"Imbroco has a fascinating style, sometimes sounding discordant. But then it's made clear a couple seconds later that the apparent discordance was all part of their subtle plan. There's obviously a lot of work put into this great layering of instrumentation and varied tempo and dynamics, yet it has a sound that is innocent and unpretentious. Excellent work with distortion."
"With an impressive lineup, Imbroco is a band who's resume speaks for itself. On Are You My Lionkiller? the new combo is quite impressive...wonderful songwriting and meticulous instrumentation. The sound is poppy indie rock that makes you wanna bob your head and smile."
"There's some pedigree breeding going on here as Imbroco consist of Gabe and Matt of Pop Unknown, Scott ex of Mineral and Rory of The Impossibles (as well as their respective bands prior to current engagements) so you know before you even press play that you're going to get quality. Quite aptly their sound lies somewhere in between all those bands, with emo-pop genius, slow moody ambles and upbeat rockier riffs molded together into one solid sound. They sail smoothly along in a stream of deep and dreamy rock, that occasionally hardens itself into noisy feedback coated choruses. Very neat indie-rock."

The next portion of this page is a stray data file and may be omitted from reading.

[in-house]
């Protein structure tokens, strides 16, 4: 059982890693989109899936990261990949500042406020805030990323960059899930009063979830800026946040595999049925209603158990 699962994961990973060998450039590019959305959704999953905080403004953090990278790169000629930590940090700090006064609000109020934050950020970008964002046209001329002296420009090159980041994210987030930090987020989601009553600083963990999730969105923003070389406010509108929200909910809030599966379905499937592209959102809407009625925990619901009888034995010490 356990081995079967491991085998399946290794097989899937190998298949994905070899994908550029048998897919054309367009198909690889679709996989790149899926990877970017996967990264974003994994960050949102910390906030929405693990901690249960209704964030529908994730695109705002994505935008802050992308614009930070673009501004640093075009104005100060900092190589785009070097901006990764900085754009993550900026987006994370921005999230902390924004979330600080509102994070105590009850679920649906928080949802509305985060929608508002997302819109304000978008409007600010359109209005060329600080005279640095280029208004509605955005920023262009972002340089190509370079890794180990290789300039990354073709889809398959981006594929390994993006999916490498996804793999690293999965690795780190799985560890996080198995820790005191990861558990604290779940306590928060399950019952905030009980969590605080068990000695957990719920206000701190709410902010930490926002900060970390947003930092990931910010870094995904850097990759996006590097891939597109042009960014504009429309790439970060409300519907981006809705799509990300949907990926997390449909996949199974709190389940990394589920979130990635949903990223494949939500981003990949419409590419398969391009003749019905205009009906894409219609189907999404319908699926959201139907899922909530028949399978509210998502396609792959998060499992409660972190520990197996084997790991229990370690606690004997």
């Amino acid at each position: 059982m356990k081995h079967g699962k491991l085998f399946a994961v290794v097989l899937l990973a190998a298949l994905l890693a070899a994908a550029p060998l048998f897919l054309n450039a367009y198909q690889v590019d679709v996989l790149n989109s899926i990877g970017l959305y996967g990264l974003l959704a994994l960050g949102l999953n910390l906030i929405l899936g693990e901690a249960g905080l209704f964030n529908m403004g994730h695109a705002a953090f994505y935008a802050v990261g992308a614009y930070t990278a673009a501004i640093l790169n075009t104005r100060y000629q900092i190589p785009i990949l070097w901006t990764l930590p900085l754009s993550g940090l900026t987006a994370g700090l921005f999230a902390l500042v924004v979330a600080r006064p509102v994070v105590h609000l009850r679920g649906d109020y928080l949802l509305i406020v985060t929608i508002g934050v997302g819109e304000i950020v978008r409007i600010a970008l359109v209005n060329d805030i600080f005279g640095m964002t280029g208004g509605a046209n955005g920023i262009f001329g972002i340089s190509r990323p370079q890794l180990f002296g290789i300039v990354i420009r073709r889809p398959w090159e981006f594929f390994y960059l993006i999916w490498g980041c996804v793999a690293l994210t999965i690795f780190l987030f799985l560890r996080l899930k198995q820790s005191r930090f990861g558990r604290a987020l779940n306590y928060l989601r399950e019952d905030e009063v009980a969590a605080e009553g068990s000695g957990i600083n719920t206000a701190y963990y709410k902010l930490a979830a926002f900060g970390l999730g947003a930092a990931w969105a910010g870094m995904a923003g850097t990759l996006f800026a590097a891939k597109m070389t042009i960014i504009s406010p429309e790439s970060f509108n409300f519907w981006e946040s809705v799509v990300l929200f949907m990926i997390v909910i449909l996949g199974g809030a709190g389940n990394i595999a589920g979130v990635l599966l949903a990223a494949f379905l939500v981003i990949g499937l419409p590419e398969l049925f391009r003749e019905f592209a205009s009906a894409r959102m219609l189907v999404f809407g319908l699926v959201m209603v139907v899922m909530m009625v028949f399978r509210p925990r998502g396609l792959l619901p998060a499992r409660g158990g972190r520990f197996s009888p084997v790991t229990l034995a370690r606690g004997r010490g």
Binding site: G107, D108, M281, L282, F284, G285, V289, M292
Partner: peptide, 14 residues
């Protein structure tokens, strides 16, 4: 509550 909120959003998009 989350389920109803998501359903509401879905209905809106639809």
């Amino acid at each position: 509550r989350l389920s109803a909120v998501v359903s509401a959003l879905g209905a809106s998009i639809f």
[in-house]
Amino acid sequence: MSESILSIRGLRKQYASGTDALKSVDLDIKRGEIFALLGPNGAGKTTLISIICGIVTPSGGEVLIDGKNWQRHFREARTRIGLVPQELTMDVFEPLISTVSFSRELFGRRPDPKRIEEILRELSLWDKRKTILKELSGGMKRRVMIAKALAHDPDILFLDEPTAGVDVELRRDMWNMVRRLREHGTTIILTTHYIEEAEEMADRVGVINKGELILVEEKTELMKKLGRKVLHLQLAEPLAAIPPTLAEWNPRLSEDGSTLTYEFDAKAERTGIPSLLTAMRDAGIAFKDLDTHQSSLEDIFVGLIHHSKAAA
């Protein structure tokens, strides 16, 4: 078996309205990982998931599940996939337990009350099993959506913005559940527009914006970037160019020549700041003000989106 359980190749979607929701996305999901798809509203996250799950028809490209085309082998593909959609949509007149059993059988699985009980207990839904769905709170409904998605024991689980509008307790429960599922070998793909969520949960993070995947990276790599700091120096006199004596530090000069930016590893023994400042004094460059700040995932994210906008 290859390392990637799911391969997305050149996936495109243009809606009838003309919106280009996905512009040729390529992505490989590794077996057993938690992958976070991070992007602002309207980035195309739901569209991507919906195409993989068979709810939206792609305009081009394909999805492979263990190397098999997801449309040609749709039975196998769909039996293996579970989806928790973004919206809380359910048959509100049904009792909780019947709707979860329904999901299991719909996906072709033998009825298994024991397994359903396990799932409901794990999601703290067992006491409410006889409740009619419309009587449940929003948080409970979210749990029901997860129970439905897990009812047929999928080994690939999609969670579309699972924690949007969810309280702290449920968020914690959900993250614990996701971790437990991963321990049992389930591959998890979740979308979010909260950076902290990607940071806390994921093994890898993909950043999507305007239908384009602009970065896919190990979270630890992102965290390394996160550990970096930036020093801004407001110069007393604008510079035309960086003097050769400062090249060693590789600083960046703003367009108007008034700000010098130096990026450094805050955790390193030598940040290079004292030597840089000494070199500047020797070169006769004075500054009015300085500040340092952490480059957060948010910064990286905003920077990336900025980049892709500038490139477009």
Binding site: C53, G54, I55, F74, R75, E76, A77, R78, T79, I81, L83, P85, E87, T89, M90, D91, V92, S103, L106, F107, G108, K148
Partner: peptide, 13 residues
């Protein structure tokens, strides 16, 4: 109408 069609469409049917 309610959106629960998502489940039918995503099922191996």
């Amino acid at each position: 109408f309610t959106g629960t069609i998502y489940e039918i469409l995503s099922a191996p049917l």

"Consisting of members of Mineral and Pop Unknown, Imbroco is a quartet that digs deep into shoegazer pop. The songs are extremely gentle, lapping on the listener's shore with a hushed ebb and flow. Occasionally, as during the final moments of "You're My Lionkiller," a stronger wave crashes down on the mind's sand castles...but softer tides soon return to smooth out the scars. It's during these rougher moments that I find the band most appealing. The entire album is immaculate in its production and execution. The harsher sections make Imbroco stand out from the crowd — which, although it may be somewhat antithetical to the shoegazer style, makes for more engaging listening."
"Imbroco's member list sounds like the who-is-who of the Midwest scene. Scott, Gabe, Matt and Rory decided to get together and rock this world. It reminds me on a poppier version of the Texas legend Mineral. But the best description still is the one I got from Deep Elm...from indie rock to shoegazer pop to manic bursts of guitar distortion and feedback... Check it out cause it rocks."